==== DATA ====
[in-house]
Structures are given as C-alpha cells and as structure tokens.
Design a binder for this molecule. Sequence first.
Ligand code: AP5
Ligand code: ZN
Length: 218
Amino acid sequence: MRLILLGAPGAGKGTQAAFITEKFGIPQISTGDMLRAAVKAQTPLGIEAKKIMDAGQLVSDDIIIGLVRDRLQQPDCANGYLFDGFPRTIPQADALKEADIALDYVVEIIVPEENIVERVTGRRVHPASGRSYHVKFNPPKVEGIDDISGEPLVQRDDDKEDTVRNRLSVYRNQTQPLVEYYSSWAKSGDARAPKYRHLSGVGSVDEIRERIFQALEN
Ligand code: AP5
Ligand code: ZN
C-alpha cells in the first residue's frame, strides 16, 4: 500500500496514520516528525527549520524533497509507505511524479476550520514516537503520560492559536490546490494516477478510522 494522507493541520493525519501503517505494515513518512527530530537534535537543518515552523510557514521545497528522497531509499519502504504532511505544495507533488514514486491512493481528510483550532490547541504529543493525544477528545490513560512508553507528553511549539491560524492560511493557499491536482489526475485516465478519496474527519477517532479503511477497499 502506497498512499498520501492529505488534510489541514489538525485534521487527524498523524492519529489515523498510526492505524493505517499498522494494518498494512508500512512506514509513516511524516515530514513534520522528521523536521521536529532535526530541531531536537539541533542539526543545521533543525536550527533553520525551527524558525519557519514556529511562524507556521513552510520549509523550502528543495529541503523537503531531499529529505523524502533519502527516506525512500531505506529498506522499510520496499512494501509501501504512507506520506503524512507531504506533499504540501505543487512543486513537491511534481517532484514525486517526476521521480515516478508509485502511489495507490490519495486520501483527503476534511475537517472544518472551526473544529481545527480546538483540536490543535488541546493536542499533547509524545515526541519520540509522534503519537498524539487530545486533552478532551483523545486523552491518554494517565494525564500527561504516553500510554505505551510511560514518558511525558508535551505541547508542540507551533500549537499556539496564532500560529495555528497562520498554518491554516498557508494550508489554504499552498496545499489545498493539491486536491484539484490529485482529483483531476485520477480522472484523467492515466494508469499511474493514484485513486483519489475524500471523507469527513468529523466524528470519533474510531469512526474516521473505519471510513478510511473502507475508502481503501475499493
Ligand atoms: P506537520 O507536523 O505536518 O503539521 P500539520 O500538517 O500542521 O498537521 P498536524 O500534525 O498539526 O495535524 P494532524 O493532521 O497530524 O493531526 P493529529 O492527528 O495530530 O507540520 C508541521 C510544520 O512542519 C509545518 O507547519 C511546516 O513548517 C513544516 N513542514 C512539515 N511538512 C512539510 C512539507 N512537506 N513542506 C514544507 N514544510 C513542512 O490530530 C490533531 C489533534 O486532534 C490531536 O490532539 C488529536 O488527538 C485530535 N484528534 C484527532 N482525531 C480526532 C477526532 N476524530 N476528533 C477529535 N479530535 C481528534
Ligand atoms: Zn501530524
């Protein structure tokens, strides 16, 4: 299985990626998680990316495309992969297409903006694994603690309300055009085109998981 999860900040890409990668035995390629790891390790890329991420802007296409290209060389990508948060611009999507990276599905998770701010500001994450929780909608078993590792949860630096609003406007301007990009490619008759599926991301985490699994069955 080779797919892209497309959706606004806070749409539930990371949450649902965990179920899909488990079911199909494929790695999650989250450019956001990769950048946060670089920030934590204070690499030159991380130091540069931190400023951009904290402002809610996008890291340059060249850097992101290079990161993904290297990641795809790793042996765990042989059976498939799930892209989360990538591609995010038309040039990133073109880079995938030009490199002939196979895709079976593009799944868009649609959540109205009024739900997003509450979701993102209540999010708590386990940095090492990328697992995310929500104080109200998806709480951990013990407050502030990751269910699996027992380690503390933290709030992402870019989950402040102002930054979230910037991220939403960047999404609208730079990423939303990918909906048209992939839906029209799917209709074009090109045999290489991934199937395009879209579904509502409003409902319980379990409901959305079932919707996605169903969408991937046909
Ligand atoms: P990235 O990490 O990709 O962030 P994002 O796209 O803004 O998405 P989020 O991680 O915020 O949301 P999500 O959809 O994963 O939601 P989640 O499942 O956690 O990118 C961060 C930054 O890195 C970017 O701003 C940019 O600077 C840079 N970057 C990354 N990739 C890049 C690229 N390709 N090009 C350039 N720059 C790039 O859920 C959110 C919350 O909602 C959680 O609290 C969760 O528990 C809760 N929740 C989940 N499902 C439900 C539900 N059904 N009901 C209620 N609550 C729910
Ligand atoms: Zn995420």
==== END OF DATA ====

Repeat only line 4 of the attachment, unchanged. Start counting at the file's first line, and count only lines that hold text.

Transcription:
Ligand code: AP5